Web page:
2. Impartiality.

Plaintiff alleges that the later hearing afforded him before the Executive Committee was constitutionally inadequate because (a) the same committee had earlier voted to deny him tenure; and (b) the committee had become hostile toward him because its conduct and decisions had been repeatedly disapproved by the dean.

Contention (a) must fail, particularly in light of Withrow v. Larkin, 421 U.S. 35, 95 S. Ct. 1456, 43 L. Ed. 2d 712 (1975). At stake in Larkin was a physician's license to practice medicine in Wisconsin, surely an economic stake at least comparable to plaintiff's economic stake in his teaching position. The members of the state medical examining board conducted an "investigative hearing" at which numerous witnesses testified and at which the physician's counsel was present. The board entered findings, conclusions, and a decision in which it found that the physician had engaged in specified conduct proscribed by statute. Its "decision" stated that there was probable cause to believe that the physician had violated criminal provisions of the statutes, and probable cause for a court action to revoke his license. Meantime, the board proposed to hold a "contested hearing" to determine whether the physician's license should be suspended temporarily. A three-judge district court had preliminarily enjoined the board from proceeding with the said contested hearing. The Supreme Court reversed, holding that it was quite unlikely that the physician would ultimately prevail in his contention that it would be a denial of due *114 process for the same board to hold a contested hearing on the issue of temporary suspension of the license after having conducted the investigative hearing and after having entered its findings, conclusions, and "decision." The Court emphasized (421 U.S. 55, 95 S. Ct. 1468):

No specific foundation has been presented for suspecting that the Board had been prejudiced by its investigation or would be disabled from hearing and deciding on the basis of the evidence to be presented at the contested hearing. The mere exposure to evidence presented in nonadversary investigative procedures is insufficient in itself to impugn the fairness of the board members at a later adversary hearing. Without a showing to the contrary, state administrators, "are assumed to be men of conscience and intellectual discipline, capable of judging a particular controversy fairly on the basis of its own circumstances." United States v. Morgan, 313 U.S. 409, 421 [61 S. Ct. 999, 85 L. Ed. 1429] (1941).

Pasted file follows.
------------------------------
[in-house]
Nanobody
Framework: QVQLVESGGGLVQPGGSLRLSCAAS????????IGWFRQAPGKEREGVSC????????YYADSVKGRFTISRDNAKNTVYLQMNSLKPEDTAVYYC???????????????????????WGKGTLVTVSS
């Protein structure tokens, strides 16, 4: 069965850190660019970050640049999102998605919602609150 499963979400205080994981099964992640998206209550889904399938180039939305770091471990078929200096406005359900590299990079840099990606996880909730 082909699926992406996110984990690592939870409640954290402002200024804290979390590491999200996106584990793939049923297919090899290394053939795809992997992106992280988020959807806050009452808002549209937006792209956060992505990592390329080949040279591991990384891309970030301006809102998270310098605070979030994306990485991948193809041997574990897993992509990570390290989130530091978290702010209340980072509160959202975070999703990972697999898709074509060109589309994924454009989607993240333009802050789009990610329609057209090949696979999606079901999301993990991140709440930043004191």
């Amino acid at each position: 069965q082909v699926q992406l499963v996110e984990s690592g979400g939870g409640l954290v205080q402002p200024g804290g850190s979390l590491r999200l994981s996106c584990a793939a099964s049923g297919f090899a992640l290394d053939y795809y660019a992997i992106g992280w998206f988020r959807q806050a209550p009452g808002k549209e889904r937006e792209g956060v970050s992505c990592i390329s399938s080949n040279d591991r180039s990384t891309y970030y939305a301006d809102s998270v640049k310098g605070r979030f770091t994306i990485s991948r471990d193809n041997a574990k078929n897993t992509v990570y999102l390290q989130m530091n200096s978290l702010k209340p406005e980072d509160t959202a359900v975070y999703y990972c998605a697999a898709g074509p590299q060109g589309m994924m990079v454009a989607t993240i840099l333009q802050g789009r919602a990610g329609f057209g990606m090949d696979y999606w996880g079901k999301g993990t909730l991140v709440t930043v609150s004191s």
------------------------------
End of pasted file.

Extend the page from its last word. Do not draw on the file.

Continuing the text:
I appreciate that there are many distinctions to be drawn between the facts in Larkin and the facts as alleged in the complaint in this case. During the "investigative" stage in Larkin, the members of the board presumably were not drawing upon their personal experiences with the particular physician over a period of time and were not engaging in subjective judgments about his qualifications; also, counsel for the physician was permitted to be present. Nevertheless, Larkin appears to be strong and fresh authority for the proposition that, in the absence of a showing of actual bias, an administrative board is not foreclosed from conducting a hearing on the merits of an issue simply because it has earlier examined into the facts and formed conclusions about them. For reasons I have stated above, this should be particularly so with respect to departmental faculty members and the question of tenure.

I appreciate that despite what I have said, fundamental fairness might require that when the ground for initial decision is narrowly factualfor example, alleged improper conduct on a specific occasion, the conduct of the subsequent hearing and the review of the initial decision be consigned to another forum. But this complaint alleges that the Executive Committee's two stated reasons were that plaintiff's research was not such as to warrant promotion and that his area of complex analysis was adequately covered by tenured faculty. Plaintiff does not allege that the true reason was neither of these. He alleges only, as we shall see later, that neither of the stated reasons was supported by evidence presented at the hearing.

With respect to the matter of actual bias, I must accept presently as true plaintiff's allegation that prior to his hearing the Executive Committee had become hostile to him because its earlier actions had been criticized by the dean. A decision-making process which left final control over a determination in the hands of a board hostile to that party might well be constitutionally defective regardless of the substantiality of the state's interest in a given allocation of decision-making power. In this case, however, the state made available to the plaintiff some four levels of review through which the final decision of the Executive Committee could be, and was in fact, appealed. At none of these levels is it alleged that the reviewing parties were persons involved in any of the deliberations of the Executive Committee. The state thus took steps to insure that its interest in having the plaintiff's hearing held before the Executive Committee was not furthered at the cost of the plaintiff's interest in a fair and unbiased review of his initial tenure decision. I consider these stages of review constitutionally sufficient with respect to the allegation of actual bias. Also, they served as a corrective measure for whatever residual difficulties may *115 have persisted from the fact that the Executive Committee engaged in a hearing to consider the merits of its own initial decision.